From there we moved on to a stall that had mostly northeastern Chinese cold dishes on display (including head cheese and a sausage that's a dead-ringer for kielbasa). There we chose the dried bean curd dressed with chilies and a mix of other spices (probably ginger among them). This dish cried out for beer. (Stall 38, House of Xie. The owners are from Tianjin in Shandong province.)

We left Golden Mall and walked down Main St. Dave wanted to point out a storefront (41-40 Main St.) that featured three or four individual vendors and tables that served for all. At the back was a northern Chinese Muslim vendor, which Dave has identified as Sheng Jian Muslim Little Kitchen. We just had a pastry filled with fruit paste and nuts, but the various buns, big scallion pancakes and savory dishes were filed away in my culinary wish list. I was thrilled to learn of this place, having enjoyed the hearty cuisine of the Muslim Chinese in Beijing and San Francisco, but never New York.

Chinese Muslim pastry

We walked further down Main Street to try a Qingdao-style place that Dave had noticed on a prior Flushing visit (Lu Xiang Yuan or Hong Shun, depending on whether you believe the menu or the sign). Qingdao is a coastal city in Shandong province that is the home to Tsing Tao beer (Tsing Tao is the same city in the old Wade-Gilles Romanization). I expect to write more about Qingdao cuisine at a later date, after a visit to a different, well-received Qingdao restaurant. All I'll say now is that this lesser-known Qingdao eatery ranks as one of the worst Chinese restaurant experiences of my life.

We couldn't end the day on such a sour note, so I suggested we return to the Golden Mall. There we struck gold at a stall we had seen earlier in the day, a joint venture between a Taiwanese shaved ice vendor and a woman who cooks hot food from Henan province (not to be confused with Hunan).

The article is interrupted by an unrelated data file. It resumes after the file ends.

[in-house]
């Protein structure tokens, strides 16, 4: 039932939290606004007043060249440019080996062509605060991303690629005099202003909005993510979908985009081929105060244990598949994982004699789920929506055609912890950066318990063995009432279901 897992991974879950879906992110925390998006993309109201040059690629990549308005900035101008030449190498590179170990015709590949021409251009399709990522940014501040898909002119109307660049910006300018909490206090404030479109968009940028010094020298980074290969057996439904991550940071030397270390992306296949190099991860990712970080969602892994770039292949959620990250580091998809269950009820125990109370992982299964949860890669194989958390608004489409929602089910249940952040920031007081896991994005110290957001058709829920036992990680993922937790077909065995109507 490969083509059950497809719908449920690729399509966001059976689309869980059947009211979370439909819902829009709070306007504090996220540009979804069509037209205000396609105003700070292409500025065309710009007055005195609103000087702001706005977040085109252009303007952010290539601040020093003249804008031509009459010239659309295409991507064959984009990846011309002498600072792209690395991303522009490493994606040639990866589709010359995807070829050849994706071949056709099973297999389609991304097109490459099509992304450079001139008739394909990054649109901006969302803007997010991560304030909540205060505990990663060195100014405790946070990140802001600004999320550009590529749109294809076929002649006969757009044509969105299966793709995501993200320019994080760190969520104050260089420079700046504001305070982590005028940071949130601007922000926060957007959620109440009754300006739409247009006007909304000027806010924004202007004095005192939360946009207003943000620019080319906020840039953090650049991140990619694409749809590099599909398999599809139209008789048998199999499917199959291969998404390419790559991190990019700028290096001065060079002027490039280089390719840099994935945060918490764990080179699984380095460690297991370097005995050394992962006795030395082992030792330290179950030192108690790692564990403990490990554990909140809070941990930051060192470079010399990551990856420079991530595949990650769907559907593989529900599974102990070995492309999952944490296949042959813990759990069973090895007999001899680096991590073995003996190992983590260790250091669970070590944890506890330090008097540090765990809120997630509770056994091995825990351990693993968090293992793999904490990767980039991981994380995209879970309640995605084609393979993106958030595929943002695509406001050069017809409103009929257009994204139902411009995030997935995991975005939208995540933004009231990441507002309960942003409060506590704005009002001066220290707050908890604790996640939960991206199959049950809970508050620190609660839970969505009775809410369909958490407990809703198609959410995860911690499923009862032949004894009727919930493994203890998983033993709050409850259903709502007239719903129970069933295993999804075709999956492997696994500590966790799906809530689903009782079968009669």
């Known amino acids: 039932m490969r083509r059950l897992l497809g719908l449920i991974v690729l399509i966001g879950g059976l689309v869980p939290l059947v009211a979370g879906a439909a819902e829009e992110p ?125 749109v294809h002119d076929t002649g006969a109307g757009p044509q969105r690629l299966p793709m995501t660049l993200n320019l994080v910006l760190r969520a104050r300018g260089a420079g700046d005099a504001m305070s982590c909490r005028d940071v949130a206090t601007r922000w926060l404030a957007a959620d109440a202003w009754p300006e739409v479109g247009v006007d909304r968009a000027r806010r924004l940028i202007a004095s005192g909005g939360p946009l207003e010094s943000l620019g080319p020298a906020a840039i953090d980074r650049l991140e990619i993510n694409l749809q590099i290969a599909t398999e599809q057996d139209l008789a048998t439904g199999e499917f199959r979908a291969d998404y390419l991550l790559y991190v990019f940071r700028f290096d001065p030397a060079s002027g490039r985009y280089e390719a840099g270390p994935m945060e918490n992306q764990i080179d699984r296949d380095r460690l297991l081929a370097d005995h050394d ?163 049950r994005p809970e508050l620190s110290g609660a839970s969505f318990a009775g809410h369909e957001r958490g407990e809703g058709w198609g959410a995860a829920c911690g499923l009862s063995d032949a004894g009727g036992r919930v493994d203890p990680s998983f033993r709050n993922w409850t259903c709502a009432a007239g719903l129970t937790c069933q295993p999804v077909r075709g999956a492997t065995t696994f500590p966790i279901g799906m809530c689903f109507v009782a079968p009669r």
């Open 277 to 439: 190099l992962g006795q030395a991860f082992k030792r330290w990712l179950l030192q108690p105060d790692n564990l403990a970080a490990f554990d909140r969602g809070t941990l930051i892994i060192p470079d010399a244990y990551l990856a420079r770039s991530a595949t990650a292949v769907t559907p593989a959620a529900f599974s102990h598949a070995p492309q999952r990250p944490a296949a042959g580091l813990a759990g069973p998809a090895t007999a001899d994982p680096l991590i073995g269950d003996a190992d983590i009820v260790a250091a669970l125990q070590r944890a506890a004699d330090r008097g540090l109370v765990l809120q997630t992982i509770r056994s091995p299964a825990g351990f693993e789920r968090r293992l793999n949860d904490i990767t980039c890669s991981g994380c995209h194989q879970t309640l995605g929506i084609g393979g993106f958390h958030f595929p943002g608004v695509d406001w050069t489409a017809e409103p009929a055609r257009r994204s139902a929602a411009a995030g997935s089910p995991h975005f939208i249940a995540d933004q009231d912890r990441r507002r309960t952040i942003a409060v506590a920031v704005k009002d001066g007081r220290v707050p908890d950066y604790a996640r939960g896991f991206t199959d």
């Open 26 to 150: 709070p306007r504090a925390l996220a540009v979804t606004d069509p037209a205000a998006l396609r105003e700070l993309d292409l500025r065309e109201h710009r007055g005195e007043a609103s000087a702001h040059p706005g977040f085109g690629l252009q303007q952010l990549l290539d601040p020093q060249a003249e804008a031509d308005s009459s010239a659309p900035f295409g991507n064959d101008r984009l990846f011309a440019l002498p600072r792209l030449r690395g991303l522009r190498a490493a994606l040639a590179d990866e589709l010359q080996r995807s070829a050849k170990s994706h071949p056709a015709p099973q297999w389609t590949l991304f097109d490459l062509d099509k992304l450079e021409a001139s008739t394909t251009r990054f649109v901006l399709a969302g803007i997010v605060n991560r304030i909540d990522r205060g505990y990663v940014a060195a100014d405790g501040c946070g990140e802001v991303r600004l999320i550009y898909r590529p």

There was a photo menu on the wall, and the most interesting-looking dish was a soup that was shown with some kind of bread or pancake at the side. The woman from Henan didn't speak any English, but the Taiwanese ice lady told us we could get it with either chicken or beef. Since I'm always wary about what cuts or quality of beef we might get, I suggested we go with the chicken. "It comes with these?" I asked, pointing at the bread in the picture. "Inside soup," the woman said.

Heavens to Betsy, this was wonderful, delicious, complex. The broth was spicy and flavored liberally with numbing Sichuan peppercorn as well as an herbal flavor we couldn't identify. There were cubes of the dense bread along with fried tofu cut to about the same size, dark meat chicken, mushrooms, and three kinds of noodles, intertwined: clear bean threads, green bean threads, and bean curd sheets cut into vermicelli strips. This was quite possibly my favorite dish of the entire weekend.

Then Dave and I split up. I went to the Louis Armstrong house in Corona and Dave stayed in Flushing to troll the local fish markets, attempting to solve a nagging sea creature mystery.